“In the last few years, wildlife trafficking has really exploded in terms of scale and also in terms of the types of poachers and organised crime networks that are involved in this activity … particularly in Southern Africa and East Africa, it’s reaching epidemic proportions,” Grant Harris, the senior director for Africa for the U.S. National Security Council, told reporters Monday.
“The United States is the second-biggest market, lamentably, and so … [the] Presidential Task Force will be looking at this issue and developing a national strategy to make sure that, as the United States, we’re organised in the right way and that we’re being strategic about how to do this.”
Harris noted that smugglers are receiving some 30,000 dollars per pound for a rhinoceros horn – “literally more valuable than its weight in gold” – and that global rhino populations have dropped by more than 90 percent over the past half-century.
Likewise, some 30,000 elephants were killed in Africa last year alone, the highest number in two decades. The illicit trade in ivory is thought to have doubled just over the past six years, driven by new Internet-fuelled sales and growing market demand (and power) in rising economies, particularly China.
“These syndicates are robbing Africa of its wealth,” Carter Roberts, president of the U.S. office of the World Wildlife Fund (WWF), said Monday.
“President Obama’s commitment to help stop the global crime wave that is emptying the continent’s forests and savannas is welcome news. It gives a critical boost for everyone involved in fighting wildlife trafficking – from rangers on the ground to local conservation groups to decision-makers around the globe.”
The move comes just two months after the United Nations officially characterised international wildlife and timber trafficking as a serious organised crime.
That resolution was put forward by the United States and Peru, in line with what the National Security Agency’s Harris characterises as a new “massive diplomatic campaign” by Washington. This focus is driven in part by the security threats posed by wildlife trafficking.
“It’s a security issue. As we see criminal networks getting increasingly involved, you see poachers with night-vision goggles and high-powered rifles,” the Harris noted.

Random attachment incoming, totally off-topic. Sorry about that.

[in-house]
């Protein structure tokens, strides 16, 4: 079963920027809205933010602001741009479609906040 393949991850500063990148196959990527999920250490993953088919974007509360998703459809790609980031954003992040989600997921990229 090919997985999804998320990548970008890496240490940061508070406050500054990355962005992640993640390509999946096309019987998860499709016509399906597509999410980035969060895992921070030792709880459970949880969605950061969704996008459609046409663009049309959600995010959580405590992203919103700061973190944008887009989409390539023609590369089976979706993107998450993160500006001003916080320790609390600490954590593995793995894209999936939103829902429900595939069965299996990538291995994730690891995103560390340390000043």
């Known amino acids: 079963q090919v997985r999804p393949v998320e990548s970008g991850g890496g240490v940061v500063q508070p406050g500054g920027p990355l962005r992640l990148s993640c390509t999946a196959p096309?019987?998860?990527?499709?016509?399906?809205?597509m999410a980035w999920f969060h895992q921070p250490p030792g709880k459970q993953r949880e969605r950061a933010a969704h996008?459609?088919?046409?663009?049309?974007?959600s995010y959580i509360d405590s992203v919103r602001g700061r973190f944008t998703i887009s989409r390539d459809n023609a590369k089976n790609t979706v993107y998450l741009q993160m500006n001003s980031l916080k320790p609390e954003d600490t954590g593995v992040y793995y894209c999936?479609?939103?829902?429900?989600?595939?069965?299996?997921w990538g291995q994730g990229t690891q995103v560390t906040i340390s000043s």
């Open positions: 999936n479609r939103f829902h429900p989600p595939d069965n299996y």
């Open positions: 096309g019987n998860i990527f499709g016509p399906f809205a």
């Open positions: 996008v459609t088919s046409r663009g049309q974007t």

“You see also some rebel militias trading in ivory and rhinoceros horns as a source of currency and value, and so that’s fueling some of the problems and conflicts that we’re seeing.”
According to a new report from the International Fund for Animal Welfare (IFAW), militia groups in Somalia and Sudan are funding their operations in part by trading ivory for weapons. It also notes reports that militants aligned with Al-Qaeda have been similarly tapping into illegal wildlife trading through South and Southeast Asia.
IFAW suggests this lucrative trade has been made possible by ineffective national and international legislation and decades of indifference towards the issue by law enforcement.
“Compared to other transnational criminal activities, the low risk of detection, relatively small penalties, and minimal consequences for perpetrating wildlife crime are attractive incentives to participate in illegal trade in wildlife,” the report, released in June, states.
“Wildlife trade is considered a low-risk enterprise for the criminals involved, in large part because wildlife trafficking is treated as a low priority by many law enforcement agencies.”
On Monday, IFAW “applauded” President Obama’s new initiatives, with Jeffrey Flocken, IFAW North American regional director noting: “This action gives recognition to the threat the illicit trade poses not only to animals like elephants and rhinos, but also to people.”